With California polls still open, John Edwards resigned his candidacy for the Democratic Party nomination Tuesday afternoon, leaving frontrunner John Kerry with the party nomination firmly in his grasp.

Kerry won every state but Vermont on Super Tuesday by wide margins, and his strong showing throughout the primary race has forced his biggest opponents, such as Edwards and Howard Dean, to step down. Although Kerry spent only two days campaigning in California, he easily won. With 95.2 percent of precincts reporting, Kerry showed a majority of 64.5 percent over Edward’s 19.7 percent. Santa Barbara County’s final count showed Kerry in first place with 63.5 percent of votes and Edwards in a distant second with 18.1 percent.

In Isla Vista and UCSB precincts, Kerry earned 58 percent of votes to Edwards’ 16 percent. Though most Californians supported Kerry in the polls, many had already voted for Edwards before hearing of his departure from the race. Vice President of Campus Democrats Courtney Weaver said she was disappointed to hear of Edwards’ resignation in the middle of the primary poll.

“I was shocked when Edwards dropped out,” she said. “I voted at 7:23 in the morning, and he hadn’t dropped out at that point to my knowledge. I really thought that he was gonna make it a competition to the end and stay in the race.”

Adam Graff, director of public affairs for the Campus Democrats, said Kerry was not his first choice, but that he would rather support any candidate other than Bush.

“I will campaign against Bush any day,” Graff said. “I will work my ass off like I have never worked before to defeat Bush and to make sure he is as weak as I can possibly make him in the general election, but I am not going to campaign for John Kerry.”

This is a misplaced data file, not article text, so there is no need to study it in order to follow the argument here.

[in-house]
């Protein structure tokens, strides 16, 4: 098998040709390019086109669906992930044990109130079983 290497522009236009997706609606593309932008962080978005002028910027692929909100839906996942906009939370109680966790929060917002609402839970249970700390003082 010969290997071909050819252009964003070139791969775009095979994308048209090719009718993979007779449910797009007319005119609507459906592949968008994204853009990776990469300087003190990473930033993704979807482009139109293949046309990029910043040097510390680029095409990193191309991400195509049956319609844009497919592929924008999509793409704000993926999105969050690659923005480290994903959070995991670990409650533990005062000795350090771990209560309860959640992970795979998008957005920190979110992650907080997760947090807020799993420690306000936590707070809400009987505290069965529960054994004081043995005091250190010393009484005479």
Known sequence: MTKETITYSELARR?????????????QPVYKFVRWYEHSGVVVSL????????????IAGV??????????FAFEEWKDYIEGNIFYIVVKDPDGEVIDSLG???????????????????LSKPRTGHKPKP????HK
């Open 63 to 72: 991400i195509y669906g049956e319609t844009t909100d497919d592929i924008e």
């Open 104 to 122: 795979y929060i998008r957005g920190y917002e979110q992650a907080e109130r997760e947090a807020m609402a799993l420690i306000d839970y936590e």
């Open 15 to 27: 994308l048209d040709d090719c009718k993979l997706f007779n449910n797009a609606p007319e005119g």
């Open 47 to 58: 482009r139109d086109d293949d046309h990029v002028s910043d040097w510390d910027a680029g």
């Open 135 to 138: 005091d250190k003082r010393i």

Weaver also said Kerry was not her first choice, but after the first candidates she supported all withdrew, she said she would turn her energies to supporting Kerry.

“I was going to vote for Carol Mosely-Brown just on principle; I thought it would be cool to be able to vote for a woman. Then she dropped out and endorsed Dean, and I was going to vote for Dean, but then he dropped out,” Weaver said. “As a Democrat, it’s now my duty to support our nominee.”

Weaver is among several other California Democrats who said they felt their votes were decided already by the primaries in other states. Campus Democrats President Marissa Brown said the primary election system does downplay the importance of California’s votes, but that the media makes it difficult for candidates to compete with leading candidates’ momentum.

“It’s not completely fair, but I think that it gives us an idea of how maybe other people are thinking,” Brown said. “What I think hurts it is how the media controls what’s put out and what the view is that people are being fed.”

The Associated Press poll revealed that voters are primarily focused on electing a candidate who can beat Bush in the general election next fall and proved Tuesday their confidence in Kerry. Graff said that of all the democratic candidates, he has some doubt in Kerry’s ability to win but has confidence that Bush will lose.

“I’m very nervous, but don’t get me wrong: I think he actually has a good chance of beating Bush because the chickens are coming home to roost for Bush right now, and it’s high time that they did,” Graff said.
– The Associated Press also contributed to this report.